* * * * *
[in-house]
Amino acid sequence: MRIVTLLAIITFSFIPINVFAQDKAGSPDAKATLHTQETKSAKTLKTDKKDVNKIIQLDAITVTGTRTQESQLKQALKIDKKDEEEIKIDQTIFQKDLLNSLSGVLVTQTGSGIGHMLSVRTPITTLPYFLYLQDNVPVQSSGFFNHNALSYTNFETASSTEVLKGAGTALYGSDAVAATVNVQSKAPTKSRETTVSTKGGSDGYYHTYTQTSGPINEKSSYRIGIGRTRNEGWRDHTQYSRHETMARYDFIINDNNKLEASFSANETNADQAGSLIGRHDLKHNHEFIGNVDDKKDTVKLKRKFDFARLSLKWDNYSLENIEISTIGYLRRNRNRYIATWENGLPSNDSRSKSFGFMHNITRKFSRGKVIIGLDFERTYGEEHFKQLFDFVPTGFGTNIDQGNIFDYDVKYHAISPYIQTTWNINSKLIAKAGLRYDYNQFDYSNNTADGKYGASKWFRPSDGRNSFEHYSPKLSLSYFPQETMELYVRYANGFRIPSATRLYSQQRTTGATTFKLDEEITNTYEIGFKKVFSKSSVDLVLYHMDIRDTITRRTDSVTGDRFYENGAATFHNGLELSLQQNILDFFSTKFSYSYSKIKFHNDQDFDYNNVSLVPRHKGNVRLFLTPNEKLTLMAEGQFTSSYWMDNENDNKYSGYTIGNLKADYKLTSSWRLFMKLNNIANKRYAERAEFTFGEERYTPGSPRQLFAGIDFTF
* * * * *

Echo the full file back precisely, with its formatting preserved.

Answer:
[in-house]
Amino acid sequence: MRIVTLLAIITFSFIPINVFAQDKAGSPDAKATLHTQETKSAKTLKTDKKDVNKIIQLDAITVTGTRTQESQLKQALKIDKKDEEEIKIDQTIFQKDLLNSLSGVLVTQTGSGIGHMLSVRTPITTLPYFLYLQDNVPVQSSGFFNHNALSYTNFETASSTEVLKGAGTALYGSDAVAATVNVQSKAPTKSRETTVSTKGGSDGYYHTYTQTSGPINEKSSYRIGIGRTRNEGWRDHTQYSRHETMARYDFIINDNNKLEASFSANETNADQAGSLIGRHDLKHNHEFIGNVDDKKDTVKLKRKFDFARLSLKWDNYSLENIEISTIGYLRRNRNRYIATWENGLPSNDSRSKSFGFMHNITRKFSRGKVIIGLDFERTYGEEHFKQLFDFVPTGFGTNIDQGNIFDYDVKYHAISPYIQTTWNINSKLIAKAGLRYDYNQFDYSNNTADGKYGASKWFRPSDGRNSFEHYSPKLSLSYFPQETMELYVRYANGFRIPSATRLYSQQRTTGATTFKLDEEITNTYEIGFKKVFSKSSVDLVLYHMDIRDTITRRTDSVTGDRFYENGAATFHNGLELSLQQNILDFFSTKFSYSYSKIKFHNDQDFDYNNVSLVPRHKGNVRLFLTPNEKLTLMAEGQFTSSYWMDNENDNKYSGYTIGNLKADYKLTSSWRLFMKLNNIANKRYAERAEFTFGEERYTPGSPRQLFAGIDFTF